Anghus Houvouras on The Joker…
It’s almost impossible to escape the zeitgeist currently surrounding Todd Phillips’ highly-praised, highly-controversial take on The Joker. After near unanimous praise from the Venice Film Festival, the movie has become a target for the polarizing extremes of social media. Questions have been raised about the social responsibility of the time and actual warnings have been issued regarding the potential for violence inspired by this silly little comic book adaptation.
The Joker is a classic character that has endured for decades as one of the most recognizable villains ever to leap from the pages of comic books. His portrayals in television and film have help craft some of the most iconic villainous performances. Whether we’re talking about Jack Nicholson, the voice of Mark Hamill or Heath Ledger… The Joker is a character that actors have enjoyed sinking their chops into. Clearly Heath Ledger is the high bar with his Oscar winning portrayal of the mad clown. The Dark Knight delivered a more cerebral cinematic take on the character. One who questioned our society, the rules which we live by and the thin line that divides a hero and a villain.
Over the years the Jokers’ popularity has continued to grow as has the fandom around his malevolent sidekick Harley Quinn. Their fictional antics have delighted fans of comics and films and achieved a level of pop-culture significance rarely achieved by fictional characters. Even in this new golden age of comic book cinema, the Joker remains the most popular villain to emerge from the medium.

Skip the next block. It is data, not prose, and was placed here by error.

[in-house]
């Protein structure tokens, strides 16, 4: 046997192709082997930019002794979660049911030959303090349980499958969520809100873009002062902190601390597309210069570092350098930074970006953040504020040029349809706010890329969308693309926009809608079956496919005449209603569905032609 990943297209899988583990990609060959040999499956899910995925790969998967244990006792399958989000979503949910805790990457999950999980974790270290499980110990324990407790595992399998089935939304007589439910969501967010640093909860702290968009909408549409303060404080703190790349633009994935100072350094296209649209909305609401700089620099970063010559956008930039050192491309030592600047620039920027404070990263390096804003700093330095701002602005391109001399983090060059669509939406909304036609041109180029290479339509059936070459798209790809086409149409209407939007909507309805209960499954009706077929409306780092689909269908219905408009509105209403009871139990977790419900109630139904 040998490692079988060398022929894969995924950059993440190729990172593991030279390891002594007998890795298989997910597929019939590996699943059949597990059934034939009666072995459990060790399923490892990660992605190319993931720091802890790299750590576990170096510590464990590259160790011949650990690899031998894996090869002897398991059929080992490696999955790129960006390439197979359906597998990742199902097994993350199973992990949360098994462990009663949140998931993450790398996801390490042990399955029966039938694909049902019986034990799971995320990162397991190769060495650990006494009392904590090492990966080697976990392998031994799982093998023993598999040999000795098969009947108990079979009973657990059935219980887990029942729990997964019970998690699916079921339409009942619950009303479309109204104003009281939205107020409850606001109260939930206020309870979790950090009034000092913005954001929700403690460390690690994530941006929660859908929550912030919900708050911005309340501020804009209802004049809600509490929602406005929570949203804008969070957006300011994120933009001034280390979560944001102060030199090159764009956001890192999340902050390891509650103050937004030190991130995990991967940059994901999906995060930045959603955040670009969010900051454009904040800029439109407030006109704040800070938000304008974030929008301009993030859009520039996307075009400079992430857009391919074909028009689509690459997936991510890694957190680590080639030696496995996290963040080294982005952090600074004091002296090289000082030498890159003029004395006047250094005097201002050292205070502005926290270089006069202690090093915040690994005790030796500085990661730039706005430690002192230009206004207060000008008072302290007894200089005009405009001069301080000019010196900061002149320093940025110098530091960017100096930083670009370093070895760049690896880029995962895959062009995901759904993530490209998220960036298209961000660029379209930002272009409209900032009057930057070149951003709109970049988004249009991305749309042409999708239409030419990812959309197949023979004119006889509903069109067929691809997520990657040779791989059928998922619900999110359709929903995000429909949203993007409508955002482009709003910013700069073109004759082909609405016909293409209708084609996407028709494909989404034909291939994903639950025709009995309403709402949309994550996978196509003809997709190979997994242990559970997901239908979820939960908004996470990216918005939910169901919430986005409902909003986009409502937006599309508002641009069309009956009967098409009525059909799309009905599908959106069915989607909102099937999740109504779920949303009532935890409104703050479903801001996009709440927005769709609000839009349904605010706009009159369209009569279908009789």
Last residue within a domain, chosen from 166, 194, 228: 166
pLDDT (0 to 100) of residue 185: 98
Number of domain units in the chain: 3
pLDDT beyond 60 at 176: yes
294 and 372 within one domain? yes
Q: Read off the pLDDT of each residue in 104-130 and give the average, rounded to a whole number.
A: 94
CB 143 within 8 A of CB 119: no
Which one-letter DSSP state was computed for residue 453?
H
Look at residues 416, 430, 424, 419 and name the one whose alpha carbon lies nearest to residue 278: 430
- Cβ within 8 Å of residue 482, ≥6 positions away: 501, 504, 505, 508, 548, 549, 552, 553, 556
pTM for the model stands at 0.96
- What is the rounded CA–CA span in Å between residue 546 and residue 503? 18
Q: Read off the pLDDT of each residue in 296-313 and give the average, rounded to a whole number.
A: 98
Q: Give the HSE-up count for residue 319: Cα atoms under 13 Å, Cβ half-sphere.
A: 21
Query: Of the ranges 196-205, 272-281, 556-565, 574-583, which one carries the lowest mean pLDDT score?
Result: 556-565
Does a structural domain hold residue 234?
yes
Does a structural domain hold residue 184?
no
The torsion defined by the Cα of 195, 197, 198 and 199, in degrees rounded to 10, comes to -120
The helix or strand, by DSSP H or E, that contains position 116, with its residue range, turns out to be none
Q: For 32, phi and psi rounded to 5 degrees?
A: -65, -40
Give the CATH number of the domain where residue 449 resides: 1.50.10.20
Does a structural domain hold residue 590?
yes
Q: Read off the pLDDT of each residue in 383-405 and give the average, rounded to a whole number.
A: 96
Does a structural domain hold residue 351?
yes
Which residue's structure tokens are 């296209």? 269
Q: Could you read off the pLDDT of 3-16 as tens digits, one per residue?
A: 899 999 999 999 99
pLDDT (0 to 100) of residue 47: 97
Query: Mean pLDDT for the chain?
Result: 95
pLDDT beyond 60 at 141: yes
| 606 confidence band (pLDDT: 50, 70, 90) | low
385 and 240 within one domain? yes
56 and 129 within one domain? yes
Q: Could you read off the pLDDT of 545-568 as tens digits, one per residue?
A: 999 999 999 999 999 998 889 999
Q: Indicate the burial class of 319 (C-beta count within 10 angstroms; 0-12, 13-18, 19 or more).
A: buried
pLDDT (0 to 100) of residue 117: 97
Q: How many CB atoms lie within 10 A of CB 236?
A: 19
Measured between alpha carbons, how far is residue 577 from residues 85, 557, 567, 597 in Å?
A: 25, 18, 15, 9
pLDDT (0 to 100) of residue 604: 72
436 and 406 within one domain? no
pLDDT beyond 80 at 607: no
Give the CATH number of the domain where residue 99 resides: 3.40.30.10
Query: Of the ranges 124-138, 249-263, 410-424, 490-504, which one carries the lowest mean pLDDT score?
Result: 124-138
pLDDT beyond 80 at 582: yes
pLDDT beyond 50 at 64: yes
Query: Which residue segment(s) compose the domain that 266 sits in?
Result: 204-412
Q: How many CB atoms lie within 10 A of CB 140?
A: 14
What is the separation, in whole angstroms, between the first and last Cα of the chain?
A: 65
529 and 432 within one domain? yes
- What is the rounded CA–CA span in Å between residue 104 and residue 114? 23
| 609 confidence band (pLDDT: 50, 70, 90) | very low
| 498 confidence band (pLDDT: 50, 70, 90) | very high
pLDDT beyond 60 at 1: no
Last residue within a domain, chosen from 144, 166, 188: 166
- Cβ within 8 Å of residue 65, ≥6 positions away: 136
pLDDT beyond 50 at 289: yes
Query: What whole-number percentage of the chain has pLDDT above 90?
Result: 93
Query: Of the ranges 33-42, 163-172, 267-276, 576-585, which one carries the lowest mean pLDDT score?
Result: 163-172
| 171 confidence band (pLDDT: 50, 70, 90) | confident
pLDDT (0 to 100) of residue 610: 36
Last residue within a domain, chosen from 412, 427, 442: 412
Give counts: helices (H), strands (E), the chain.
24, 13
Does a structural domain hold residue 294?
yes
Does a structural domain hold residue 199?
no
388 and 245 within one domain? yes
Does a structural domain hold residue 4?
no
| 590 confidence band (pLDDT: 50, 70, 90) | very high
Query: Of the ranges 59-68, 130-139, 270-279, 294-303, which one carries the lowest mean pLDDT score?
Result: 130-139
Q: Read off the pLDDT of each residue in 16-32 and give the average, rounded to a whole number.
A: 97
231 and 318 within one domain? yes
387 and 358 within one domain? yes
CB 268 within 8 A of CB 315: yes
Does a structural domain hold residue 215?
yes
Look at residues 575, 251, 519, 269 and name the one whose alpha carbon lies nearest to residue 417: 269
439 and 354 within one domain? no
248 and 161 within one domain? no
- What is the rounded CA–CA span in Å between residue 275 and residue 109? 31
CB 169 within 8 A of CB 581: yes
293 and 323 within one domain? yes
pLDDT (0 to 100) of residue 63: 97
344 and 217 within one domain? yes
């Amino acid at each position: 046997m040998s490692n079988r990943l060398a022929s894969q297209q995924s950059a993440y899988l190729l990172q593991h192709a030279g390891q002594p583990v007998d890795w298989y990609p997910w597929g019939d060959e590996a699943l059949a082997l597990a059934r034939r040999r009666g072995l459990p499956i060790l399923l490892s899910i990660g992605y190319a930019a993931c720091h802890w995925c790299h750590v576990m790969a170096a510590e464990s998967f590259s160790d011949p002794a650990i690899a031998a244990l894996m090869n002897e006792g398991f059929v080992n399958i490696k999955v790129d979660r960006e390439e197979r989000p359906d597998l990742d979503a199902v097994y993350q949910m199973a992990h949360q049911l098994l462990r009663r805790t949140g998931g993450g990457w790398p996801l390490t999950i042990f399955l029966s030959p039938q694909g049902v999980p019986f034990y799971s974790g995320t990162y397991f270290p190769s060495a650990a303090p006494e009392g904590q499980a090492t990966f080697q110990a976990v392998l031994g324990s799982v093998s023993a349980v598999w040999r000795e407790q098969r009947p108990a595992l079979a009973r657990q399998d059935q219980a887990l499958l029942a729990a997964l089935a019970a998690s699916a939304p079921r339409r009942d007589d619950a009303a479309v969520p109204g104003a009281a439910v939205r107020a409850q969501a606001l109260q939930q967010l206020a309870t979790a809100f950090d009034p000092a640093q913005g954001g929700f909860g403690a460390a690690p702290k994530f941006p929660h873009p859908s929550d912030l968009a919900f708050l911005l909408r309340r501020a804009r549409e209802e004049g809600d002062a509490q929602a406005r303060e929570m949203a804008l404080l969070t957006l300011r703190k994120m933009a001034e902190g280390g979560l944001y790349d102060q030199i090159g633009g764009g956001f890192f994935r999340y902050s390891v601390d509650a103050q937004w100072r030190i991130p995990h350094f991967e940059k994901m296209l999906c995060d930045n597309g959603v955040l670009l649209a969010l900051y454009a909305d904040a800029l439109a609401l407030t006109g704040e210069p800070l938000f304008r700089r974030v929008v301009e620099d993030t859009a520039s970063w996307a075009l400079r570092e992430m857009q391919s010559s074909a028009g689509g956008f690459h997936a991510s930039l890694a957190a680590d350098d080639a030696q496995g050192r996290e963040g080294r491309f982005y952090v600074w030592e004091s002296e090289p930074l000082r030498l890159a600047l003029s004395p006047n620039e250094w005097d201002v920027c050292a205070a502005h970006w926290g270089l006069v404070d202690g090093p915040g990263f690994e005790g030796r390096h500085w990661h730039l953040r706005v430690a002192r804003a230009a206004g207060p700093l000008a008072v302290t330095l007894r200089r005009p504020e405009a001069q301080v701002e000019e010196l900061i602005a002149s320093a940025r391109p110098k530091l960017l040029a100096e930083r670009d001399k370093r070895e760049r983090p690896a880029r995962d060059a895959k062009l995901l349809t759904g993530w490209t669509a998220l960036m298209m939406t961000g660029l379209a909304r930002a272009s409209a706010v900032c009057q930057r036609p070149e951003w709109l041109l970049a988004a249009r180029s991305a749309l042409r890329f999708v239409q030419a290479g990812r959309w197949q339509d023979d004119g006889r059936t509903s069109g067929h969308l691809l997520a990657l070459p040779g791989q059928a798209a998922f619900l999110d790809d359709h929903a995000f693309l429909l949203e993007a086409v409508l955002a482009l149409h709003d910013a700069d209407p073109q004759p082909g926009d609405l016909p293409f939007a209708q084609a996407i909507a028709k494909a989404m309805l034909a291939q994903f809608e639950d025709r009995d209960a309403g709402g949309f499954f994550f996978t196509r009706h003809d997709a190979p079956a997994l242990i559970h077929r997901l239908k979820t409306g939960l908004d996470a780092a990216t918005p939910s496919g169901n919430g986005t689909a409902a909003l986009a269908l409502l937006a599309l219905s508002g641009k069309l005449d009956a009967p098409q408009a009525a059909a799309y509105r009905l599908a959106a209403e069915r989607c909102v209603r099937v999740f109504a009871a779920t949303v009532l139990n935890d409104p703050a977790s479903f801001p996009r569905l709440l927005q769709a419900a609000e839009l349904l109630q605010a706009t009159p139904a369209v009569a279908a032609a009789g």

Personally, I’ve always found the rabid fanbase that surrounds The Joker and Harley Quinn to be a little unsettling. It’s easy to see why these characters have become so popular. And finding these characters fascinating is understandable. The internet consistently reveals that there are people out there who have taken the basic tenants of fandom a little too far. Those socially askew individuals who don’t just seem to enjoy the psychotic fictional antics of The Joker, but find some kind of real-world truth from his madness. People who aren’t just entertained by the character but seem to be actively rooting for him.
This is when your brain’s logic center attempts to reconcile this particular conundrum. Surely they are just enthusiastic fans who find a palpable level of joy from the fictional antics of a crazy murderer and his lovesick sidekick. Sure, there are those damaged few who might find Joker’s chaotic manifesto a little too reasonable and the occasional nut job who dresses like the Joker to shoot up a movie theater. But most people aren’t actually rooting for the Joker, are they?
It’s a question that is asked more frequently as we inch closer to the release of Todd Phillips’ Joker. A film that has received widespread critical acclaim while becoming a major talking point n our socially conscious culture. People are worried about the message behind Joker and even the potential for violent attacks inspired by the movie. Warnings have been issued. Some theaters have decided to not show the film. Is there a credible reason to be concerned?